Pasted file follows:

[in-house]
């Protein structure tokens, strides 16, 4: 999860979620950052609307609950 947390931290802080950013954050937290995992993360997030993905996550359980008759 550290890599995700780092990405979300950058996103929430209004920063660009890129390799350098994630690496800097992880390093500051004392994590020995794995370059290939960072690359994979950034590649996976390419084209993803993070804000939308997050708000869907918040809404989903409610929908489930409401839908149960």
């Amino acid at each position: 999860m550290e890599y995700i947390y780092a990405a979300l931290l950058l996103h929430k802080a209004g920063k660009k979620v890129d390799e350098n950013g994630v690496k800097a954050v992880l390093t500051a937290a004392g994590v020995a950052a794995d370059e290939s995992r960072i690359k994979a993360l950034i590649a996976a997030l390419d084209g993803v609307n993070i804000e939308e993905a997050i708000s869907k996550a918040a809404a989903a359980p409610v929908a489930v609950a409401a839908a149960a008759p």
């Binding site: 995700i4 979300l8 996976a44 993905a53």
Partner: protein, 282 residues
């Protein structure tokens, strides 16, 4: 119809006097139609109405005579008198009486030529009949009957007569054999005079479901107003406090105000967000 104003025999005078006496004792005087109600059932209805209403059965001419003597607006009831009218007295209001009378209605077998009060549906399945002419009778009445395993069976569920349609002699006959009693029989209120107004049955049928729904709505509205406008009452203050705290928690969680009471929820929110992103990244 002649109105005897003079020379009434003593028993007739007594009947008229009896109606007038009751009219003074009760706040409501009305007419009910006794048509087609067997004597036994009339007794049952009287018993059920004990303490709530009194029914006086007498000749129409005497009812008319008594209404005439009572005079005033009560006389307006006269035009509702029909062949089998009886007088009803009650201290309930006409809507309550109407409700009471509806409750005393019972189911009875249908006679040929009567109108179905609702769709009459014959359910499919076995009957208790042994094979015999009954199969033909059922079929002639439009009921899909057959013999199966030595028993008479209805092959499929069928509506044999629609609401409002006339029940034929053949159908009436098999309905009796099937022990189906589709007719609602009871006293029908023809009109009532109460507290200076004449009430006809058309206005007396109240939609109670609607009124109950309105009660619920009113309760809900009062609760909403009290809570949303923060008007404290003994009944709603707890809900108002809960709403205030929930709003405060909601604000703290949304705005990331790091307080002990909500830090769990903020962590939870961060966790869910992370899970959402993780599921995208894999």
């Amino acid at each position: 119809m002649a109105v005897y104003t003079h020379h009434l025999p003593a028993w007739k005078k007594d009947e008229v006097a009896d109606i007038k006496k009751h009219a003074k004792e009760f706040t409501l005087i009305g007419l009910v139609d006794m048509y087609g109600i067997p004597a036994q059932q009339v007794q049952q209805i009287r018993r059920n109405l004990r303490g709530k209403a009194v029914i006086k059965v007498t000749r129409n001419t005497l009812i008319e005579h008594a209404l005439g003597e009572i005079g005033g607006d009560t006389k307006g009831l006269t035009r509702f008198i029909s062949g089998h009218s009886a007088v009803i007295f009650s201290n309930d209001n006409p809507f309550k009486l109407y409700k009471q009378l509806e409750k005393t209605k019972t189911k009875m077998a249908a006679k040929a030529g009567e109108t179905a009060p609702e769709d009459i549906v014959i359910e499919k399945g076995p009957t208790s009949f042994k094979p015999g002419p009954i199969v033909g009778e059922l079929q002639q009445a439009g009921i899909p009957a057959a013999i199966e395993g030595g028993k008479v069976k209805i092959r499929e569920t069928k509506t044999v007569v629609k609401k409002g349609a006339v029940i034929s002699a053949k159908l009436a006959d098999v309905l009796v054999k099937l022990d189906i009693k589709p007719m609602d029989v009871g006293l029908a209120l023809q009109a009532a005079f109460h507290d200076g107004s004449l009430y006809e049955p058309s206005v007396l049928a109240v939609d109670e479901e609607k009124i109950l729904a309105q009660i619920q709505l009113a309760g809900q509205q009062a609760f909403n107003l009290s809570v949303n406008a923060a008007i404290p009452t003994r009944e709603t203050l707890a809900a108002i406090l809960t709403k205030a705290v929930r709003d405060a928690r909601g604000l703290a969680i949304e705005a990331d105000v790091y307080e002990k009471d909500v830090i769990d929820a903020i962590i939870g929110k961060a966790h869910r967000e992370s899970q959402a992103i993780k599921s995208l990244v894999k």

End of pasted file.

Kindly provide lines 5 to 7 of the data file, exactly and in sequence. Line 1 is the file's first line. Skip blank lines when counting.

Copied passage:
Partner: protein, 282 residues
């Protein structure tokens, strides 16, 4: 119809006097139609109405005579008198009486030529009949009957007569054999005079479901107003406090105000967000 104003025999005078006496004792005087109600059932209805209403059965001419003597607006009831009218007295209001009378209605077998009060549906399945002419009778009445395993069976569920349609002699006959009693029989209120107004049955049928729904709505509205406008009452203050705290928690969680009471929820929110992103990244 002649109105005897003079020379009434003593028993007739007594009947008229009896109606007038009751009219003074009760706040409501009305007419009910006794048509087609067997004597036994009339007794049952009287018993059920004990303490709530009194029914006086007498000749129409005497009812008319008594209404005439009572005079005033009560006389307006006269035009509702029909062949089998009886007088009803009650201290309930006409809507309550109407409700009471509806409750005393019972189911009875249908006679040929009567109108179905609702769709009459014959359910499919076995009957208790042994094979015999009954199969033909059922079929002639439009009921899909057959013999199966030595028993008479209805092959499929069928509506044999629609609401409002006339029940034929053949159908009436098999309905009796099937022990189906589709007719609602009871006293029908023809009109009532109460507290200076004449009430006809058309206005007396109240939609109670609607009124109950309105009660619920009113309760809900009062609760909403009290809570949303923060008007404290003994009944709603707890809900108002809960709403205030929930709003405060909601604000703290949304705005990331790091307080002990909500830090769990903020962590939870961060966790869910992370899970959402993780599921995208894999």
């Amino acid at each position: 119809m002649a109105v005897y104003t003079h020379h009434l025999p003593a028993w007739k005078k007594d009947e008229v006097a009896d109606i007038k006496k009751h009219a003074k004792e009760f706040t409501l005087i009305g007419l009910v139609d006794m048509y087609g109600i067997p004597a036994q059932q009339v007794q049952q209805i009287r018993r059920n109405l004990r303490g709530k209403a009194v029914i006086k059965v007498t000749r129409n001419t005497l009812i008319e005579h008594a209404l005439g003597e009572i005079g005033g607006d009560t006389k307006g009831l006269t035009r509702f008198i029909s062949g089998h009218s009886a007088v009803i007295f009650s201290n309930d209001n006409p809507f309550k009486l109407y409700k009471q009378l509806e409750k005393t209605k019972t189911k009875m077998a249908a006679k040929a030529g009567e109108t179905a009060p609702e769709d009459i549906v014959i359910e499919k399945g076995p009957t208790s009949f042994k094979p015999g002419p009954i199969v033909g009778e059922l079929q002639q009445a439009g009921i899909p009957a057959a013999i199966e395993g030595g028993k008479v069976k209805i092959r499929e569920t069928k509506t044999v007569v629609k609401k409002g349609a006339v029940i034929s002699a053949k159908l009436a006959d098999v309905l009796v054999k099937l022990d189906i009693k589709p007719m609602d029989v009871g006293l029908a209120l023809q009109a009532a005079f109460h507290d200076g107004s004449l009430y006809e049955p058309s206005v007396l049928a109240v939609d109670e479901e609607k009124i109950l729904a309105q009660i619920q709505l009113a309760g809900q509205q009062a609760f909403n107003l009290s809570v949303n406008a923060a008007i404290p009452t003994r009944e709603t203050l707890a809900a108002i406090l809960t709403k205030a705290v929930r709003d405060a928690r909601g604000l703290a969680i949304e705005a990331d105000v790091y307080e002990k009471d909500v830090i769990d929820a903020i962590i939870g929110k961060a966790h869910r967000e992370s899970q959402a992103i993780k599921s995208l990244v894999k």